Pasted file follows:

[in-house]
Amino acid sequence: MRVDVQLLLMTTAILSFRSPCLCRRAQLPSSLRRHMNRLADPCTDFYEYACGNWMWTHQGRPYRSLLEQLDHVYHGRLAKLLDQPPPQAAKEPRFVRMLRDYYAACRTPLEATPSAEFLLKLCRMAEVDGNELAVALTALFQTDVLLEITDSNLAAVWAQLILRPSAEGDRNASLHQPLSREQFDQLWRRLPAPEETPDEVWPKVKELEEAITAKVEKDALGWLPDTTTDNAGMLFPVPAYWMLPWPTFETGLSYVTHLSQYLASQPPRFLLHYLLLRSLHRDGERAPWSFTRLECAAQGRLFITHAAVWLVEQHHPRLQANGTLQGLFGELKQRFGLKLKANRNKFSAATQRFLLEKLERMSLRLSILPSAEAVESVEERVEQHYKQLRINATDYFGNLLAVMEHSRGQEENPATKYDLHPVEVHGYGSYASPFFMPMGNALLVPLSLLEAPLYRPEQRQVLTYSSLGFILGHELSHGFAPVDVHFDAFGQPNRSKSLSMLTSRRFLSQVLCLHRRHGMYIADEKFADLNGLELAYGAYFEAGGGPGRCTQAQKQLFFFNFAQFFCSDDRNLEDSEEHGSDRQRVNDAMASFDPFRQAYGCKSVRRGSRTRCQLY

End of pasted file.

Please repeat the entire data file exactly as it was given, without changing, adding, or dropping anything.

[in-house]
Amino acid sequence: MRVDVQLLLMTTAILSFRSPCLCRRAQLPSSLRRHMNRLADPCTDFYEYACGNWMWTHQGRPYRSLLEQLDHVYHGRLAKLLDQPPPQAAKEPRFVRMLRDYYAACRTPLEATPSAEFLLKLCRMAEVDGNELAVALTALFQTDVLLEITDSNLAAVWAQLILRPSAEGDRNASLHQPLSREQFDQLWRRLPAPEETPDEVWPKVKELEEAITAKVEKDALGWLPDTTTDNAGMLFPVPAYWMLPWPTFETGLSYVTHLSQYLASQPPRFLLHYLLLRSLHRDGERAPWSFTRLECAAQGRLFITHAAVWLVEQHHPRLQANGTLQGLFGELKQRFGLKLKANRNKFSAATQRFLLEKLERMSLRLSILPSAEAVESVEERVEQHYKQLRINATDYFGNLLAVMEHSRGQEENPATKYDLHPVEVHGYGSYASPFFMPMGNALLVPLSLLEAPLYRPEQRQVLTYSSLGFILGHELSHGFAPVDVHFDAFGQPNRSKSLSMLTSRRFLSQVLCLHRRHGMYIADEKFADLNGLELAYGAYFEAGGGPGRCTQAQKQLFFFNFAQFFCSDDRNLEDSEEHGSDRQRVNDAMASFDPFRQAYGCKSVRRGSRTRCQLY